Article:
The internet is buzzing with speculation that former Vice President Joe Biden will soon announce his presidential candidacy and tap rising Democratic star Stacey Abrams to be his running mate, as suggested by a CNN report earlier this week and stated a bit more explicitly in an Axios story Thursday. Jonathan Chait at New York Magazine thinks it’s a “brilliant idea.” Eric Lutz at Vanity Fair thinks the ticket could “save Biden from himself.” But there are a few things curiously missing from the mix, namely Abrams herself and what she thinks of this plan—and, more importantly, what she thinks of Biden.
Abrams’ historic but unsuccessful gubernatorial run in Georgia last year overlapped with the rise of the #MeToo movement, and when asked in a recent interview with Marie Claire if she had her own story to share, Abrams pointed to Anita Hill. She explained how formative it was to watch Hill be grilled about sexual harassment by an all-white male panel of senators, led by the one and only Joe Biden, then the senator from Delaware and chair of the Senate Judiciary Committee.
“I remember the Anita Hill hearings vividly, watching those men in power deny her humanity,” Abrams told the magazine. “So to see women in this moment—especially in light of who occupies the White House—refuse to be dissuaded from demanding their equality, agency, and equity is a testament to the resilience we possess.”
Abrams was a freshman at Spelman College in Atlanta in October 1991 when Hill, then an unknown former employee of the Equal Employment Opportunity Commission, testified before the Senate Judiciary Committee that she had been sexually harassed by Clarence Thomas, George Bush’s pick to replace Thurgood Marshall on the Supreme Court.
Abrams was an activist on campus. In 1992, she was photographed with a group of students burning the Georgia state flag, which at the time included a not-so-subtle nod to the Confederacy:
— WTVM News Leader 9 (@WTVM) October 23, 2018
Later, when administrators closed the campus to quell protests in the aftermath of the videotaped beating of Rodney King, Abrams organized students to call local TV and radio stations to get out their perspective, and the campaign even led to her having a tense showdown with then-Mayor Maynard Jackson.
While it’s unclear if Abrams was involved in any activism surrounding the Thomas hearings, it seems just the kind of thing that would have sparked a fire for her at the time. And while Biden’s questions weren’t the worst of the panel—Sen. Howell Heflin, a Democrat from Alabama, probably deserves a top spot there when he asked, “Are you a scorned woman? Do you have a militant attitude relative to the area of Civil Rights?”—as committee chair, he didn’t do much to blunt the attacks that came Hill’s way, and he also failed to call witnesses who could have supported Hill’s allegations. Hill isn’t holding her breath for an apology, but Biden has expressed some regret publicly about how he handled the whole ordeal, telling NBC in 2018: “Anita Hill was vilified when she came forward by a lot of my colleagues. I wish I could have done more to prevent those questions and the way they asked them.”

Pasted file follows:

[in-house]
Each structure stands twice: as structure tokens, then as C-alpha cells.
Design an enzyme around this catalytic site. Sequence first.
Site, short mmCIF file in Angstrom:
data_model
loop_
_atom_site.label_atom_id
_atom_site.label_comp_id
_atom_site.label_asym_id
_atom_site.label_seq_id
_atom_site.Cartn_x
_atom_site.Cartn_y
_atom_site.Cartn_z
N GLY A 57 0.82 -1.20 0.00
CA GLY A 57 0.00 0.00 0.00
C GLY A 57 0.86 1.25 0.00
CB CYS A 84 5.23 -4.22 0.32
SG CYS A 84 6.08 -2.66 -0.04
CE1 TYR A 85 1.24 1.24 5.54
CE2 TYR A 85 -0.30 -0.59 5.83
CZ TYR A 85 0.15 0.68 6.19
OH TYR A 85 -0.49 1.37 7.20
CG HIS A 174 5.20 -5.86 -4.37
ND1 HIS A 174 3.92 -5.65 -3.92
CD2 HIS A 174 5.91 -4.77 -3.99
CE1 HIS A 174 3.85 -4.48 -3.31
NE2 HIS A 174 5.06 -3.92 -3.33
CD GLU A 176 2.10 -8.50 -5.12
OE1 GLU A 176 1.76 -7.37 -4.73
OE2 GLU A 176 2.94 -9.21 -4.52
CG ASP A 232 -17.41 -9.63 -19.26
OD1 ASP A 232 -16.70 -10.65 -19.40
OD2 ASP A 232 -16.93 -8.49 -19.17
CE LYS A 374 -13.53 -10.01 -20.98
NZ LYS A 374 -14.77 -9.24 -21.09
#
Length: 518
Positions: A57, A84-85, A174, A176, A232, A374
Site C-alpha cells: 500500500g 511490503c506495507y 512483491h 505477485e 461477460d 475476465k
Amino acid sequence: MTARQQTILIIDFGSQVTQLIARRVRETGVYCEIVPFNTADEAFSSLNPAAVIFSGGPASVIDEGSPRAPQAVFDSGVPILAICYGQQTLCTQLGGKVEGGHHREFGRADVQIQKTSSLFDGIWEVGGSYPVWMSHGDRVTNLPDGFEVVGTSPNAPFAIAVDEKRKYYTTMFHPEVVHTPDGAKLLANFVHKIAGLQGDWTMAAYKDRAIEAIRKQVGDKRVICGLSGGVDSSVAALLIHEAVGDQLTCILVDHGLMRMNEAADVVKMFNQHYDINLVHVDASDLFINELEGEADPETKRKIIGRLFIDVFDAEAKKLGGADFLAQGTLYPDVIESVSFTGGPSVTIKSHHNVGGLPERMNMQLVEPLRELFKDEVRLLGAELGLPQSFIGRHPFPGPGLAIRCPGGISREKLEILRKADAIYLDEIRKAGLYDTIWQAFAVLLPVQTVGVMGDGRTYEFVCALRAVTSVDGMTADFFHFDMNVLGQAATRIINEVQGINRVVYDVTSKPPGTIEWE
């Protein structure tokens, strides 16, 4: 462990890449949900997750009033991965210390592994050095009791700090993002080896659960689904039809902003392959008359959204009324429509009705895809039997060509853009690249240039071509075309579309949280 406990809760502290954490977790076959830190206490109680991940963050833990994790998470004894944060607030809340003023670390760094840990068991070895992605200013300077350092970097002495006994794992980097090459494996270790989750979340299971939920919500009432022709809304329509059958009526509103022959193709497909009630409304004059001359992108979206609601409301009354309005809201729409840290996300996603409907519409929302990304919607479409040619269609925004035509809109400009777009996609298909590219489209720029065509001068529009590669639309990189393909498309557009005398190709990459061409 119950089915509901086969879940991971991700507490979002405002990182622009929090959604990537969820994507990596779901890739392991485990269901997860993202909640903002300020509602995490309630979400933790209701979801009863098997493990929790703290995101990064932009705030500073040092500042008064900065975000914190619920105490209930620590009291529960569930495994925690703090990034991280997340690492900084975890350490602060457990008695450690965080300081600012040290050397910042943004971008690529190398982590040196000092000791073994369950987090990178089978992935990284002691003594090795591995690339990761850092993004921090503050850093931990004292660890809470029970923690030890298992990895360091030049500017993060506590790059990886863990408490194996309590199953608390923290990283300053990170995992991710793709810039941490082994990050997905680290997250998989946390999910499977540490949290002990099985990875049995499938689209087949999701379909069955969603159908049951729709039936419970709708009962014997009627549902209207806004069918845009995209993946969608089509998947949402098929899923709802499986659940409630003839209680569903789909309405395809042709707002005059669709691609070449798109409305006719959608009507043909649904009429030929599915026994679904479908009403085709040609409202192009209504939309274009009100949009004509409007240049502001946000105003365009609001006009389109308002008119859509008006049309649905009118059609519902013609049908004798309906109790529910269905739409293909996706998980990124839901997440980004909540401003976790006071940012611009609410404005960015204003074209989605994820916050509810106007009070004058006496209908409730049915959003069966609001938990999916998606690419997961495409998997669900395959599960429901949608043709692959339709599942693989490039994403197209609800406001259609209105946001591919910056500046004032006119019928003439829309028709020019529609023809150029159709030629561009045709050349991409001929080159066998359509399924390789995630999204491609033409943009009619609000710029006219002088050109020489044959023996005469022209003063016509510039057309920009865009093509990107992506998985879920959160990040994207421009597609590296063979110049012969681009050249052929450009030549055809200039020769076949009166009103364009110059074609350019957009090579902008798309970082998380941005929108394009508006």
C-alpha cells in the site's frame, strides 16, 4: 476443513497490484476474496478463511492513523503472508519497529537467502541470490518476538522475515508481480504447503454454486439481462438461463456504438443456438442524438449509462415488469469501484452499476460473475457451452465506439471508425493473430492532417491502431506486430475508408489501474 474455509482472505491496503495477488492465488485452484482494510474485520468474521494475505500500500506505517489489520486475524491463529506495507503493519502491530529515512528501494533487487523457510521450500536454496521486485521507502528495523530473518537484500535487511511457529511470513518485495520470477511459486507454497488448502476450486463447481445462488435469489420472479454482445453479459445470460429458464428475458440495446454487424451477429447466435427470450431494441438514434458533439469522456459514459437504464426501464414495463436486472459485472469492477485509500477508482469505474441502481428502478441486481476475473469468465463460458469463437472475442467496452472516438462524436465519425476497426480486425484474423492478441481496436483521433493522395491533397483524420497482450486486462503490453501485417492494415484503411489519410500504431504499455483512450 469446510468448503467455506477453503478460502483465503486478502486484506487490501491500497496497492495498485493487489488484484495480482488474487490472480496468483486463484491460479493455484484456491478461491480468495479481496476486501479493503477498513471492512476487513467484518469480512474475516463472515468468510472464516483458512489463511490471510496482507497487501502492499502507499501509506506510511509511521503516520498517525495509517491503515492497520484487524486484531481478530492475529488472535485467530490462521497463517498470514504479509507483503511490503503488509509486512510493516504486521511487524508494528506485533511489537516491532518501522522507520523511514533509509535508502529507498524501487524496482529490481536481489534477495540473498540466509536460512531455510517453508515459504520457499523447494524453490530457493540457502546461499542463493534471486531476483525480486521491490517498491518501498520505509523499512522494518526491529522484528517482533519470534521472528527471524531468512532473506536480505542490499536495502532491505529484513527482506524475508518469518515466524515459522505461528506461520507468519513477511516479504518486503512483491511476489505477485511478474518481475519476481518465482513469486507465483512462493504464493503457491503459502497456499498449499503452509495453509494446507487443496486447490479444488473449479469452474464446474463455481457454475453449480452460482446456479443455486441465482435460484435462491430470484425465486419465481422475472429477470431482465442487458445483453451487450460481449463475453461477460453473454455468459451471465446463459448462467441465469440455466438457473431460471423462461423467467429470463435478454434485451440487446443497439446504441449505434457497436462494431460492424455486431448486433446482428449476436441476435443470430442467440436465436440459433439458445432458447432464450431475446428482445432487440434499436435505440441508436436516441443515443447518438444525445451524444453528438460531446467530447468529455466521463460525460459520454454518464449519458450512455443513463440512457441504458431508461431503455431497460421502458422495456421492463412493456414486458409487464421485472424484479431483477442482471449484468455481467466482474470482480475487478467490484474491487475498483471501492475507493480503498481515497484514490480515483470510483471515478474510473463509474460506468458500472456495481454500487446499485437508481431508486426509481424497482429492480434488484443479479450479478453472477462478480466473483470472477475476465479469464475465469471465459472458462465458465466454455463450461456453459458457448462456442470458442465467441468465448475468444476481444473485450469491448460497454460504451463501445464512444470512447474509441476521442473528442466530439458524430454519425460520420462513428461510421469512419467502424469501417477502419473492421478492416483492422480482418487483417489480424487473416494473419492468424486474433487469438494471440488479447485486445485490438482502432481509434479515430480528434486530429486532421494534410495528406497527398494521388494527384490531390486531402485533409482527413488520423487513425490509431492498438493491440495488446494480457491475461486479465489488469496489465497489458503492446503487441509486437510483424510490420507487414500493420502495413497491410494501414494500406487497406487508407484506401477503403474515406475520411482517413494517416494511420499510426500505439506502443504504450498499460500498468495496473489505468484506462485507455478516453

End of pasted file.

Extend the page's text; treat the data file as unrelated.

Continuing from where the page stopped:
What’s more, Abrams has risen to national prominence by proudly embracing her identity as a black woman—her natural hair, her gap-toothed smile, her self-described “sturdy” build. She grew up working-class and isn’t married, and has become something of a model for women of color who want to build a political profile based on authenticity and an explicit rejection of norms that often center on white men. She ran a gubernatorial campaign in Georgia that upended traditional electioneering; she ran Spanish-language ads, held forums with LGBT communities, and wound up tripling turnout for Asian-American and Latino voters, while turning out more black voters than the sum total of Democratic voters who went to the polls in Georgia in 2014. She wowed the country with her State of the Union response and even earned praise from Fox News pundits. It makes sense that every Democratic presidential hopeful is courting her in some capacity.
But with Biden, it’s hard not to wonder if the feeling is mutual. We won’t really know until Abrams says something herself to either confirm or deny speculation about her future as a VP, or even as a presidential candidate herself. And, after all, she didn’t mention Biden by name to Marie Claire. But given how she’s built her national profile, and how the years of her college activism seem to have shaped her, it’s hard to believe that Abrams wouldn’t consider the complicated optics of teaming up with Biden.